Shame Over Past Behavior In Victims Of Narcissistic Abuse

Victims of narcissist abuse are no strangers to shame.  Narcissists use it as a weapon very simply because it is such an effective weapon.  A person who feels tremendous shame is very easy to manipulate because they believe they are flawed, stupid, awful, selfish & more beyond repair, so they must listen to someone who isn’t a terrible person like they are.  It’s just common sense that someone out to manipulate & control another person would be thrilled with a victim who thinks this way.

Even when an abuse victim realizes this, that doesn’t make the shame go away.  That shame can hang around for a long time.  Thankfully, much of the shame instilled in victims by the narcissists in their lives diminishes & even disappears fairly fast when they realize that what they feel & believe was deliberately put their by a narcissist.  Other shame however tends to hang around way too long!  That is the shame we will address today.

Victims of narcissistic abuse often feel intense shame about their behavior when they were in a relationship with a narcissist.  I truly understand this since I have experienced the same myself.  In fact, my behavior made me wonder if I was a narcissist since I did some of the same things.  The truth however is no, I am not nor was I a narcissist.  And, if you have similar feelings, I’m sure you aren’t either.

Victims of narcissistic abuse must lie when in relationship with a narcissist.  One key to surviving a narcissistic relationship is to please the narcissist at all times.  Obviously common sense says no one can please any person at all times, in particular someone who is notoriously impossible to please.  However, in the midst of the relationship, that isn’t common sense.  Victims are conditioned to think they must please the narcissist & not doing so is a huge flaw on their part, deserving whatever abuse the narcissist wishes to dish out.  Rather than face that abuse, victims often lie.  It’s a survival skill.  Unfortunately this survival skill can come with a lot of shame attached after the relationship is over.  Instead, try extending mercy & understanding to yourself because it was a necessary evil at the time.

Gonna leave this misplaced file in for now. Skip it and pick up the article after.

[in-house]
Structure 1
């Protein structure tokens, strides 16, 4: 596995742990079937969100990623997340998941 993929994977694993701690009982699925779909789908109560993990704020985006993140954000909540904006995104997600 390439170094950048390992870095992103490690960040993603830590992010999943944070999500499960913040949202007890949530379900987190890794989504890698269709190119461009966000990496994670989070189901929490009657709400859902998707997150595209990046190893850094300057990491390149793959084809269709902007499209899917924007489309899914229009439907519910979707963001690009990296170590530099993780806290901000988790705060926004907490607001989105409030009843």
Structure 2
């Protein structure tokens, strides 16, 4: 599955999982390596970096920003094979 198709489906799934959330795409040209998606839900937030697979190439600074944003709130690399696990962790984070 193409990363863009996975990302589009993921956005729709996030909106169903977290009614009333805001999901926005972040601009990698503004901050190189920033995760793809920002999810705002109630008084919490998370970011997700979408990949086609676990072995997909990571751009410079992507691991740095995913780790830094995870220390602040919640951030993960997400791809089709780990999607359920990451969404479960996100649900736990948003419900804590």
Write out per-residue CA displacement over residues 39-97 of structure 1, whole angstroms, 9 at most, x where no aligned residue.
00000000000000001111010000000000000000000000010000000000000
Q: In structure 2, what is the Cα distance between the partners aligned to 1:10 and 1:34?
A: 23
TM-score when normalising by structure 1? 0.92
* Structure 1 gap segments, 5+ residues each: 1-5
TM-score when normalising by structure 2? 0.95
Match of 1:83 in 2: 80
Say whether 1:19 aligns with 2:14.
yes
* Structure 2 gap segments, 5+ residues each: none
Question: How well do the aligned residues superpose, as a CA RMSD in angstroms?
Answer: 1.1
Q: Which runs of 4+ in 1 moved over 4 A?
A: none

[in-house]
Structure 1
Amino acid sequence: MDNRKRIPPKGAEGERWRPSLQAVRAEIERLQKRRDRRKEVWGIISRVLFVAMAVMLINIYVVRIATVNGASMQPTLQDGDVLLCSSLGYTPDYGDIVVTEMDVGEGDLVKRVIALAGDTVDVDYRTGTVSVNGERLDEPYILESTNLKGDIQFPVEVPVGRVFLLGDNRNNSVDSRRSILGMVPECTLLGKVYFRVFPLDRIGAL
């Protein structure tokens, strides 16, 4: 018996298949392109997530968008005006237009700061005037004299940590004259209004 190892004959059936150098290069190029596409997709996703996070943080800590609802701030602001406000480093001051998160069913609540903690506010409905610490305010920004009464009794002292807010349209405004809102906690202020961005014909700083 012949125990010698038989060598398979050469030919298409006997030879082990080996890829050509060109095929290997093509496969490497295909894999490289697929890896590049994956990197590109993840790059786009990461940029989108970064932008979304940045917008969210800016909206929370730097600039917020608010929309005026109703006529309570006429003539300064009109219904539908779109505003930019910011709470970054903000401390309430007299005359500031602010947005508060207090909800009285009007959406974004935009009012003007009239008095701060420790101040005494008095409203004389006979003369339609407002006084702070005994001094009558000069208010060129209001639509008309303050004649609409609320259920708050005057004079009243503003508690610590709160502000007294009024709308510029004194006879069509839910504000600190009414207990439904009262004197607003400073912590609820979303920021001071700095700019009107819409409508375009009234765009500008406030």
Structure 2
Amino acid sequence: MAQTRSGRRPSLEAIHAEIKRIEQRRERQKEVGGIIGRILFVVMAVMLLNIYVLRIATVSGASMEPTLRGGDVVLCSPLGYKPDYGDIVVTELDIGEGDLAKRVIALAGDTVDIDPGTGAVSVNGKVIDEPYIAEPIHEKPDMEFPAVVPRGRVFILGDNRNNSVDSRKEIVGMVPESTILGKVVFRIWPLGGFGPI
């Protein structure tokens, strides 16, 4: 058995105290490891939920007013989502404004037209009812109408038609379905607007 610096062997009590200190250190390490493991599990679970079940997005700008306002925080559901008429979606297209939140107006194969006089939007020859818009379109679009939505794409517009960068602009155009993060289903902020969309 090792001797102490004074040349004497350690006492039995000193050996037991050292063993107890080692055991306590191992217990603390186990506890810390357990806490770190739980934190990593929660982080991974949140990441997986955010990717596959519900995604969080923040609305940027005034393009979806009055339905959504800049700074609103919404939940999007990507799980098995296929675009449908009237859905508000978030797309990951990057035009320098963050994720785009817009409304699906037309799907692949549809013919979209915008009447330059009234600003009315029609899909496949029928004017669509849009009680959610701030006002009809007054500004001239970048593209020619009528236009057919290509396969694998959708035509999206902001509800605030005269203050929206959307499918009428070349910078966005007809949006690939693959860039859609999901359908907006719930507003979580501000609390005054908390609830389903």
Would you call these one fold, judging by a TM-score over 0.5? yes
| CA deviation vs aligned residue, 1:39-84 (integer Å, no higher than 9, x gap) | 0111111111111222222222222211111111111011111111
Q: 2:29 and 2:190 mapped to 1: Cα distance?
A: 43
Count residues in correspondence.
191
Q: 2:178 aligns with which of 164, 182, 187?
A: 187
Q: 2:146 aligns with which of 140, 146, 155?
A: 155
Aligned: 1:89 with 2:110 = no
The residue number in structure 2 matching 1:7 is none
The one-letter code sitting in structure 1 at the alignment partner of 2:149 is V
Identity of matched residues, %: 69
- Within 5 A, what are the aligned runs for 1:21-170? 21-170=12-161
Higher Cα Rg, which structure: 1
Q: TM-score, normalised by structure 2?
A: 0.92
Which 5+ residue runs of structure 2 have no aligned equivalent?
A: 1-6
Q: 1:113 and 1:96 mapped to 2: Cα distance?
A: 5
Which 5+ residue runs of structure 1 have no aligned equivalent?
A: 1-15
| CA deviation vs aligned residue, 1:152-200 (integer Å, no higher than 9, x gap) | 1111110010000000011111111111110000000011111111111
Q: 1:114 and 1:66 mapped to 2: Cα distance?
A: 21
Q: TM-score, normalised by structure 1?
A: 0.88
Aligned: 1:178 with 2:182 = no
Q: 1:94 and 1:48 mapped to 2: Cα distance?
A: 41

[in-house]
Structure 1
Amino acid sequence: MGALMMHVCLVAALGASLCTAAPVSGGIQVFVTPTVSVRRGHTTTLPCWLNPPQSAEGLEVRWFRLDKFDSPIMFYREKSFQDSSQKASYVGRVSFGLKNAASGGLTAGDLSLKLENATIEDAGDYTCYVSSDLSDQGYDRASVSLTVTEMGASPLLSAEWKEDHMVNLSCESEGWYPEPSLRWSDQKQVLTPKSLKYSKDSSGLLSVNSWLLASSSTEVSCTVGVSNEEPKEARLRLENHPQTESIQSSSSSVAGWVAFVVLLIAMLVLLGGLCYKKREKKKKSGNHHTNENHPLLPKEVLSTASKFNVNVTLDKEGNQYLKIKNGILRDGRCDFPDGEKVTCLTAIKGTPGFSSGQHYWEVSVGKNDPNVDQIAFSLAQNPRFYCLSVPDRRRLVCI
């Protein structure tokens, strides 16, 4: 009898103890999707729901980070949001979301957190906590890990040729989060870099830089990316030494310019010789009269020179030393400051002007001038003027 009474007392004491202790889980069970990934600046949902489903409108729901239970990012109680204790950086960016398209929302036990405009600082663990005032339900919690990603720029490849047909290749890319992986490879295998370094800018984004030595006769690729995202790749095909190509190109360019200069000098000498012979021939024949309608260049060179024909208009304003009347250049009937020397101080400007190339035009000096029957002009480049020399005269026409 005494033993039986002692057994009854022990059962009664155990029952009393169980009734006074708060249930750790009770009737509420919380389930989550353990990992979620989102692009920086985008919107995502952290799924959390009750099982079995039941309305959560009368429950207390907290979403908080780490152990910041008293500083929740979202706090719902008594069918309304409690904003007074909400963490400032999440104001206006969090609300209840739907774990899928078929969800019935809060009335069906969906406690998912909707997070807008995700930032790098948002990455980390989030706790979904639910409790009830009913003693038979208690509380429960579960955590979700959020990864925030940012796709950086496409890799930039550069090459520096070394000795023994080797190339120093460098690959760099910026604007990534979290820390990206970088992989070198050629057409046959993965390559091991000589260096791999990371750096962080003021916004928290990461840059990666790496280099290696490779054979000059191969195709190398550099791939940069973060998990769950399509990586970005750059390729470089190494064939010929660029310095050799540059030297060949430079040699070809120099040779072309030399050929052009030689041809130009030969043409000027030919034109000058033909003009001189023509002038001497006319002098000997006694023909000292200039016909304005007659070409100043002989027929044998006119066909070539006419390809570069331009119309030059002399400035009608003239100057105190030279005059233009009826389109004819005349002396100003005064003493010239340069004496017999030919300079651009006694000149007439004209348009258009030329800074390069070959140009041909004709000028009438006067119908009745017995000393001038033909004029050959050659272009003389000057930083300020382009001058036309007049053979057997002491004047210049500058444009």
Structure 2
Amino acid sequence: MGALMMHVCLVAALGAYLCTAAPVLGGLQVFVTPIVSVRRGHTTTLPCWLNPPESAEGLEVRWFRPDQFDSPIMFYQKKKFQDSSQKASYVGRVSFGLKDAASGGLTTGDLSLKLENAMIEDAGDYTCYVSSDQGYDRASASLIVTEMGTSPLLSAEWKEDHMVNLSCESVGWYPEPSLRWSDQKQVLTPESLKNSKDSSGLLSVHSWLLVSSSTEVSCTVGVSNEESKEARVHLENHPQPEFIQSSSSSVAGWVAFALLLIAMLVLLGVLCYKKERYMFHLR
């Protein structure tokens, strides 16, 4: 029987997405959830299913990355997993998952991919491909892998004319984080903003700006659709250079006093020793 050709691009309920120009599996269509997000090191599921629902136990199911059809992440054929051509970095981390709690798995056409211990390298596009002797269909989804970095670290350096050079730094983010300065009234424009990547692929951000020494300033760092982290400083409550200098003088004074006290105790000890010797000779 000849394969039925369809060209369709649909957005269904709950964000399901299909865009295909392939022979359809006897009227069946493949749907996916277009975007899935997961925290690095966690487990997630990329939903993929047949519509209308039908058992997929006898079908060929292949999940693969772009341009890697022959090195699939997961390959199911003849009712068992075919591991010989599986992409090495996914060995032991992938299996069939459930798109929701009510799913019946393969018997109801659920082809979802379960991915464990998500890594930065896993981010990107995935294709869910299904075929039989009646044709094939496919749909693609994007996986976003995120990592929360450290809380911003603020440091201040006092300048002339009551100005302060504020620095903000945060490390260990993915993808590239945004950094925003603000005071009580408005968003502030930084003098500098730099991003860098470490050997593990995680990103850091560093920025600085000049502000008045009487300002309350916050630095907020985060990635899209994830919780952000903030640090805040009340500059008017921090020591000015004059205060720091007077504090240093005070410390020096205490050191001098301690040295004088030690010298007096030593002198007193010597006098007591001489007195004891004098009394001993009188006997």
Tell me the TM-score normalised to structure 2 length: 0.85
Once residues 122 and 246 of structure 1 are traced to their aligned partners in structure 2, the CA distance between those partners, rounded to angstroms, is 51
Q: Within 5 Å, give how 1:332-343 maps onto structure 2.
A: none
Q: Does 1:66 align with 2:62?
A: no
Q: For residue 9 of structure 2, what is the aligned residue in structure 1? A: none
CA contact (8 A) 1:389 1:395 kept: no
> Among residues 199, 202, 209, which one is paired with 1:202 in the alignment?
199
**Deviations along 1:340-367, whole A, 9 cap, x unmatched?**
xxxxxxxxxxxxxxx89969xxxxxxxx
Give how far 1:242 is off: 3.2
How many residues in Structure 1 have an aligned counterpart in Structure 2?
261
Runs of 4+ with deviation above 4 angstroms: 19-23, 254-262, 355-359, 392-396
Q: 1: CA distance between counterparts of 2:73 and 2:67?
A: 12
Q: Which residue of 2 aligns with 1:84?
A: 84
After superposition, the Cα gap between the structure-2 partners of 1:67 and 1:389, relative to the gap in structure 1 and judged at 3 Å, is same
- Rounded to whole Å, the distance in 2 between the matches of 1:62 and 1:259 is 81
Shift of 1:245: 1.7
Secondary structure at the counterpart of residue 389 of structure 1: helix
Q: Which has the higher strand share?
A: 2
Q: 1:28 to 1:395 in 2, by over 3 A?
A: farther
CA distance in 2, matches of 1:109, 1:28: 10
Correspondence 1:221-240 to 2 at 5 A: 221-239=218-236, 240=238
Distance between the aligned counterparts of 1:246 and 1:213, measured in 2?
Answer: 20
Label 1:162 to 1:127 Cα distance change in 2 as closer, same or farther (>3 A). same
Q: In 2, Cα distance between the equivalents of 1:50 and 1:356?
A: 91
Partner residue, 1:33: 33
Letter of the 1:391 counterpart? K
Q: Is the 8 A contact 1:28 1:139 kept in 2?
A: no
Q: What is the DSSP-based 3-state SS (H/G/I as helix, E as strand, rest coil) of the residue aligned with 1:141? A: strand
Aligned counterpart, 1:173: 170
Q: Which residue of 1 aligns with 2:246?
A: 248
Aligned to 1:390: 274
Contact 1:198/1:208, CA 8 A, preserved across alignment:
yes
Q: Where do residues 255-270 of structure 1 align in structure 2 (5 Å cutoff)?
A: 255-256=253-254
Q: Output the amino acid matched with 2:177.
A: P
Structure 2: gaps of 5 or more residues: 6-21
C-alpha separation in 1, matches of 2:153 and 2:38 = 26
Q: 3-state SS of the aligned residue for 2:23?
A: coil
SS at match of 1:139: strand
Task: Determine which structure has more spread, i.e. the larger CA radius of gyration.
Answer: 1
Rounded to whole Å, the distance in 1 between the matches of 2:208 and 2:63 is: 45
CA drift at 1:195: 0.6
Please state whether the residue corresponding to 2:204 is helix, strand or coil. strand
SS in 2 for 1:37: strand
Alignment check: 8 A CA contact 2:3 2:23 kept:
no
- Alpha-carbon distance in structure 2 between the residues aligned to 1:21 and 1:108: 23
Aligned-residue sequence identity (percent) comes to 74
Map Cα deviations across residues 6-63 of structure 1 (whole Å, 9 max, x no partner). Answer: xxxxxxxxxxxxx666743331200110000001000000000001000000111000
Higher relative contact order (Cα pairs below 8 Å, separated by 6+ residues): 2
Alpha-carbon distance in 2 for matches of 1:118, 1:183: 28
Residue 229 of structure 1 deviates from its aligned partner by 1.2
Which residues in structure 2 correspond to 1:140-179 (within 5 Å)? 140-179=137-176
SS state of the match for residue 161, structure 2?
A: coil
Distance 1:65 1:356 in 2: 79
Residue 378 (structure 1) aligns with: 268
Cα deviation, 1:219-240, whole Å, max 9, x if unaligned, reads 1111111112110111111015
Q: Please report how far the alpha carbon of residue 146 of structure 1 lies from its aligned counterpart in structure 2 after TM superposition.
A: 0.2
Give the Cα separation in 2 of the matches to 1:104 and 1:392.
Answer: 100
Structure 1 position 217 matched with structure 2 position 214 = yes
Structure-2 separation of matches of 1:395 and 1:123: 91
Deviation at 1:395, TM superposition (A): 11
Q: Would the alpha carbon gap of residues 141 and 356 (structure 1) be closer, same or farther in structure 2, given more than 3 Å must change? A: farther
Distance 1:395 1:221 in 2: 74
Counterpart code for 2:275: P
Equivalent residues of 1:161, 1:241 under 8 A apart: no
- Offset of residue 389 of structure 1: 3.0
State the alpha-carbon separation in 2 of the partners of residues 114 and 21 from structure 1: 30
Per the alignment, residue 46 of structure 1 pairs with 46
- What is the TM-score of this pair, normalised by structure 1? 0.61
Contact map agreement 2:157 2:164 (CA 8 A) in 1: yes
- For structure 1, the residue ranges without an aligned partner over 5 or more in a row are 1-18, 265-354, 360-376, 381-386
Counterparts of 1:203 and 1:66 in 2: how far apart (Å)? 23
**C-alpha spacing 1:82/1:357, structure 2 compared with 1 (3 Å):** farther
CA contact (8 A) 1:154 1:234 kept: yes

Manipulation is bad, there is no disputing that.  Yet like lying, it too is a necessary evil when in the throes of a relationship with a narcissist.  Anything to please the narcissist is what is important & if that requires manipulation, so be it.  Once the relationship is over, however, looking back on being manipulative in any capacity is shame inducing.  It even can make a person wonder if they are a narcissist as well.  If you are wondering the same, no you are not!!  The fact you wonder & are willing to research it to find out says you aren’t a narcissist.  They don’t do self reflection, & if they somehow stumble upon something stating anything negative about them, they reject it immediately.  So no, you aren’t a narcissist.  You are someone who did something that narcissists do but you only did so in order to survive a toxic environment.

Maybe you were married to a narcissist & did things sexually you aren’t proud of having done.  Again, you did this as a way to survive.  That doesn’t make you a bad person!

If you have experienced such things then please keep in mind although you feel ashamed of what you have done in the past, you aren’t a narcissist nor are you a bad person.  You did what you needed to do at the time to survive.  That is all.  If you had been in a normal relationship, you wouldn’t have done such things.  It’s ok to release that shame about your former behavior!  When you struggle with this, ask God to help you.  He will so let Him do it!  You don’t deserve to live under such a dark cloud of shame!

4 Comments

Filed under Abuse and the Healing Journey, Complex Post Traumatic Stress Disorder, Mental Health, Narcissism

4 responses to “Shame Over Past Behavior In Victims Of Narcissistic Abuse

  1. Stella Reddy

    Thank you for these words here, I appreciate the reinforcement.

    Liked by 2 people

  2. This hits home, especially with where I am right now in my memoir writing. I was so broken, and I did some very broken and desperate things.

    You are such a blessing, Cynthia. ❤

    Liked by 1 person

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